7.5. Integrating public procurement processes with other public governance areas

On average across Latin American and Caribbean (LAC) countries, 17.4% of total government expenditures are executed through public procurement systems (see 7.1 Size of public procurement), which shows the key role that public procurement plays in countries’ economies. This makes it of the highest importance that public procurement systems are aligned and build synergies with other areas of public governance. For instance, it is good practice to ensure that public finance management (such as budget planning and human resources allocation) is integrated into the procurement processes. Similarly, public procurement policies should include risk management strategies to identify potential risks in processes and projects. Identifying risks early allows governments to be prepared to respond appropriately if they do materialise. The need for these risk strategies was evident during the COVID-19 crisis, which led to increased demand for goods and services and disruptions in supply chains. These pushed public procurement systems to introduce emergency procurement measures, such as direct contracting and expedited bidding procedures, among other measures. Public procurement processes are also relevant to public infrastructure contracting, given the size of expenditure in the sector. Having public procurement frameworks in place for infrastructure contracts and maintaining well-defined procedures can help reduce the risks of corruption and inefficiencies.

All 19 surveyed LAC countries have mechanisms in place to ensure that planned procurement processes are integrated with public finance management systems. In particular, 15 out of the 19 (79%) have established mechanisms to guarantee that no request for tender takes place without a certification of the availability of funds; and the same number of countries have indicated that their public procurement plans are aligned with budget planning. However, only eight countries (42%) responded that their procurement plans have detailed descriptions of the human and/or financial resources needed for adequate implementation. Costa Rica, Haiti, Honduras, Mexico, Panama, Peru, and Trinidad and Tobago use all three of these mechanisms to improve the coherence of procurement and public finance management (Figure ‎7.12).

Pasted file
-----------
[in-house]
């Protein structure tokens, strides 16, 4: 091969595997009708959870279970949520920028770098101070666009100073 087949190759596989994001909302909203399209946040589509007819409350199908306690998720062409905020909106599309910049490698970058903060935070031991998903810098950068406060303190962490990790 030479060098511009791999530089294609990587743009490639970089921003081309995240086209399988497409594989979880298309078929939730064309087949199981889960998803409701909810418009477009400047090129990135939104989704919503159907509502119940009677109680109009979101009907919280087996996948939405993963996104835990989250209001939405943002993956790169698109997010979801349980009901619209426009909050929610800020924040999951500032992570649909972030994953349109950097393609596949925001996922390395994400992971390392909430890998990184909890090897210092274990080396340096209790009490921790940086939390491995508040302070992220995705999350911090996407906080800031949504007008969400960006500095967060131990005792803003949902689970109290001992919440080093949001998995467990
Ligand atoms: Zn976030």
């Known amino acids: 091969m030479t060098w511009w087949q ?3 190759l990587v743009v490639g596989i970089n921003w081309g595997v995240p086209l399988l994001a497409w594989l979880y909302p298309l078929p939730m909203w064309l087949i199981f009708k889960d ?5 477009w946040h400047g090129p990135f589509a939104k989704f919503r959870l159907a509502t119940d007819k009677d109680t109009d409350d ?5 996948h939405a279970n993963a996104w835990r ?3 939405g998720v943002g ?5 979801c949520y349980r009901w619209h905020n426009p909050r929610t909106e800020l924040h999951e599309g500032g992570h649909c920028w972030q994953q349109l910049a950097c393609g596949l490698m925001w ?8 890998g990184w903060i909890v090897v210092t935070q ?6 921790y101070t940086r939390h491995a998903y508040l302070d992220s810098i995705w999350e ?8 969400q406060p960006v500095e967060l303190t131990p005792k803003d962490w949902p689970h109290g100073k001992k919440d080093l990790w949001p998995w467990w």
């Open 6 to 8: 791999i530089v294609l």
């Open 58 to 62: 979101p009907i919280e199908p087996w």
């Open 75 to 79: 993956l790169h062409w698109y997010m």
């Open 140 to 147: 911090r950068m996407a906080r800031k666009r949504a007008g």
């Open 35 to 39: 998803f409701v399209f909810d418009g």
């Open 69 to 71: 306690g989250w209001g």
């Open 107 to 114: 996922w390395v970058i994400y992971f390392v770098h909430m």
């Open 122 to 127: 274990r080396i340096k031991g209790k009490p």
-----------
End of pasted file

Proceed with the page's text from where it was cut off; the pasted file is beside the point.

Only 8 of the 19 surveyed LAC countries (42%) reported having one or more tools in place to assess potential risks in the public procurement system. Six of these (32%) use risk databases, five (26%) have a risk assessment methodology, three (16%) use risk assessment results and two (14%) have a risk register. Chile and Peru reported having all four of these risk management tools in place but more than half of the surveyed LAC countries (11 out of 19, 58%) do not use any of them (Figure ‎7.13).

Lastly, in all but one of the surveyed countries (95%), procurement linked to infrastructure projects is regulated either through general procurement regulations or through specific infrastructure ones. These should promote fairness and transparency, while preventing corruption and increasing the quality of projects, which are required to meet pre-established standards and specifications. In 53% of surveyed LAC countries (10 out of 19) all infrastructure projects are subject to general public procurement regulations, while in 42% (8 out of 19) there are specific regulations for some or all infrastructure projects (Figure ‎7.14).

Data were collected through the 2022 IDB-OECD Survey on the Implementation of the 2015 OECD Recommendation on Public Procurement from 19 Latin American and Caribbean countries. The survey focused on the 12 principles in the recommendation, covering issues such as risk management and the integration of public procurement with overall public finances. Respondents were officials responsible for procurement policies at the central government level and senior officials in central purchasing bodies that are part of the Inter-American Network on Government Procurement (INGP).

Public infrastructure projects are those that include facilities, structures, networks, systems, plants, property, equipment or physical assets and the companies that employ them, which provide public goods or goods that satisfy a fundamental, politically mandated need that the market cannot provide on its own.

Further reading

Pimenta, C. and A. Seco (2021), Financial Management Information Systems (FMIS) – Project Guide: Strategic, Functional, Technological, and Governance Issues in the Design and Implementation of New Platforms for Public Financial Management Systems, Inter-American Development Bank, Washington, DC, https://doi.org/10.18235/0003342.

OECD (2020), “Stocktaking report on immediate public procurement and infrastructure responses to COVID-19”, OECD Policy Responses to Coronavirus (COVID-19), OECD Publishing, Paris, https://doi.org/10.1787/248d0646-en.

Figure ‎7.14. Chile has a robust regulatory framework regarding infrastructure, aimed at promoting fairness and transparency, while preventing corruption and increasing the quality of projects.

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